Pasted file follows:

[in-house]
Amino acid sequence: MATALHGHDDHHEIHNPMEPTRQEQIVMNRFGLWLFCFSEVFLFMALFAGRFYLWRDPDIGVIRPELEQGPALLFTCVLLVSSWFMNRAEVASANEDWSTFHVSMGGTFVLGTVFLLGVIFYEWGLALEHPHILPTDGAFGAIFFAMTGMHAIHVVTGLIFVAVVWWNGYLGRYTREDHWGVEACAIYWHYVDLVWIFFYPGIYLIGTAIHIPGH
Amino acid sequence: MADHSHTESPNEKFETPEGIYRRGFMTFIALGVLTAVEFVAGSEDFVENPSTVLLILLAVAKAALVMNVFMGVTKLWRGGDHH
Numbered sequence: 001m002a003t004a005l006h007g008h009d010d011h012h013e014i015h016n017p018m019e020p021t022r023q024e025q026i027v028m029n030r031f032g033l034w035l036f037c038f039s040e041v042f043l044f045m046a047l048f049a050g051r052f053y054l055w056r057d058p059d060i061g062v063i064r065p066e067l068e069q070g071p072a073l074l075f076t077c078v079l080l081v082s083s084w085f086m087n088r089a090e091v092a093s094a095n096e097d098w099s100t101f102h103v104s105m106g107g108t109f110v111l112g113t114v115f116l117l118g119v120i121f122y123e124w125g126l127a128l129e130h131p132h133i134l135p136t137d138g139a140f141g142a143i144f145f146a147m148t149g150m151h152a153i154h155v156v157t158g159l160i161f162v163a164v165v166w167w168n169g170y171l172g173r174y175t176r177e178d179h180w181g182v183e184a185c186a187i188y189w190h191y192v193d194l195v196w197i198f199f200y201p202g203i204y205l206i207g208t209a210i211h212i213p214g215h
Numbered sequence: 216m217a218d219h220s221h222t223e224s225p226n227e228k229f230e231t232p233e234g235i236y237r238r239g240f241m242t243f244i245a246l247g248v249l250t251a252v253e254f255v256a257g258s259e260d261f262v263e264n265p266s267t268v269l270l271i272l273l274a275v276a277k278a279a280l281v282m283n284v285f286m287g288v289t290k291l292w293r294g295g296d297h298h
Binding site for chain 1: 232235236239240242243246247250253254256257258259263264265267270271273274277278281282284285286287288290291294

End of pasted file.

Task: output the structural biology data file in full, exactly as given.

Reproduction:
[in-house]
Amino acid sequence: MATALHGHDDHHEIHNPMEPTRQEQIVMNRFGLWLFCFSEVFLFMALFAGRFYLWRDPDIGVIRPELEQGPALLFTCVLLVSSWFMNRAEVASANEDWSTFHVSMGGTFVLGTVFLLGVIFYEWGLALEHPHILPTDGAFGAIFFAMTGMHAIHVVTGLIFVAVVWWNGYLGRYTREDHWGVEACAIYWHYVDLVWIFFYPGIYLIGTAIHIPGH
Amino acid sequence: MADHSHTESPNEKFETPEGIYRRGFMTFIALGVLTAVEFVAGSEDFVENPSTVLLILLAVAKAALVMNVFMGVTKLWRGGDHH
Numbered sequence: 001m002a003t004a005l006h007g008h009d010d011h012h013e014i015h016n017p018m019e020p021t022r023q024e025q026i027v028m029n030r031f032g033l034w035l036f037c038f039s040e041v042f043l044f045m046a047l048f049a050g051r052f053y054l055w056r057d058p059d060i061g062v063i064r065p066e067l068e069q070g071p072a073l074l075f076t077c078v079l080l081v082s083s084w085f086m087n088r089a090e091v092a093s094a095n096e097d098w099s100t101f102h103v104s105m106g107g108t109f110v111l112g113t114v115f116l117l118g119v120i121f122y123e124w125g126l127a128l129e130h131p132h133i134l135p136t137d138g139a140f141g142a143i144f145f146a147m148t149g150m151h152a153i154h155v156v157t158g159l160i161f162v163a164v165v166w167w168n169g170y171l172g173r174y175t176r177e178d179h180w181g182v183e184a185c186a187i188y189w190h191y192v193d194l195v196w197i198f199f200y201p202g203i204y205l206i207g208t209a210i211h212i213p214g215h
Numbered sequence: 216m217a218d219h220s221h222t223e224s225p226n227e228k229f230e231t232p233e234g235i236y237r238r239g240f241m242t243f244i245a246l247g248v249l250t251a252v253e254f255v256a257g258s259e260d261f262v263e264n265p266s267t268v269l270l271i272l273l274a275v276a277k278a279a280l281v282m283n284v285f286m287g288v289t290k291l292w293r294g295g296d297h298h
Binding site for chain 1: 232235236239240242243246247250253254256257258259263264265267270271273274277278281282284285286287288290291294